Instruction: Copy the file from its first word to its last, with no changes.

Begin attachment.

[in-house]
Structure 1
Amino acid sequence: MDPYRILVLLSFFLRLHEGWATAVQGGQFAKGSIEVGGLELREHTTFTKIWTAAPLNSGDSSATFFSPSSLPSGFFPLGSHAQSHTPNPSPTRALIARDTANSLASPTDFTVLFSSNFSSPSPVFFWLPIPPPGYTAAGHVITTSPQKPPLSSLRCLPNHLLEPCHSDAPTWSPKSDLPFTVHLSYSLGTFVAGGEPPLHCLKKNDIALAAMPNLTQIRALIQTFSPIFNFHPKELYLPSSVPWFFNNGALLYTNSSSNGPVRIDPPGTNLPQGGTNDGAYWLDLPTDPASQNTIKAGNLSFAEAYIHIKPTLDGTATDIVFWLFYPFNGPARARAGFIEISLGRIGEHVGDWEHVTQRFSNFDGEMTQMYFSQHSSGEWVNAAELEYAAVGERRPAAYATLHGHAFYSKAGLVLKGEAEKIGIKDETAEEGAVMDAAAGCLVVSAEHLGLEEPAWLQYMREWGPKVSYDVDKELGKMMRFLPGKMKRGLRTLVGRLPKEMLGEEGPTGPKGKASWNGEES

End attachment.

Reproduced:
[in-house]
Structure 1
Amino acid sequence: MDPYRILVLLSFFLRLHEGWATAVQGGQFAKGSIEVGGLELREHTTFTKIWTAAPLNSGDSSATFFSPSSLPSGFFPLGSHAQSHTPNPSPTRALIARDTANSLASPTDFTVLFSSNFSSPSPVFFWLPIPPPGYTAAGHVITTSPQKPPLSSLRCLPNHLLEPCHSDAPTWSPKSDLPFTVHLSYSLGTFVAGGEPPLHCLKKNDIALAAMPNLTQIRALIQTFSPIFNFHPKELYLPSSVPWFFNNGALLYTNSSSNGPVRIDPPGTNLPQGGTNDGAYWLDLPTDPASQNTIKAGNLSFAEAYIHIKPTLDGTATDIVFWLFYPFNGPARARAGFIEISLGRIGEHVGDWEHVTQRFSNFDGEMTQMYFSQHSSGEWVNAAELEYAAVGERRPAAYATLHGHAFYSKAGLVLKGEAEKIGIKDETAEEGAVMDAAAGCLVVSAEHLGLEEPAWLQYMREWGPKVSYDVDKELGKMMRFLPGKMKRGLRTLVGRLPKEMLGEEGPTGPKGKASWNGEES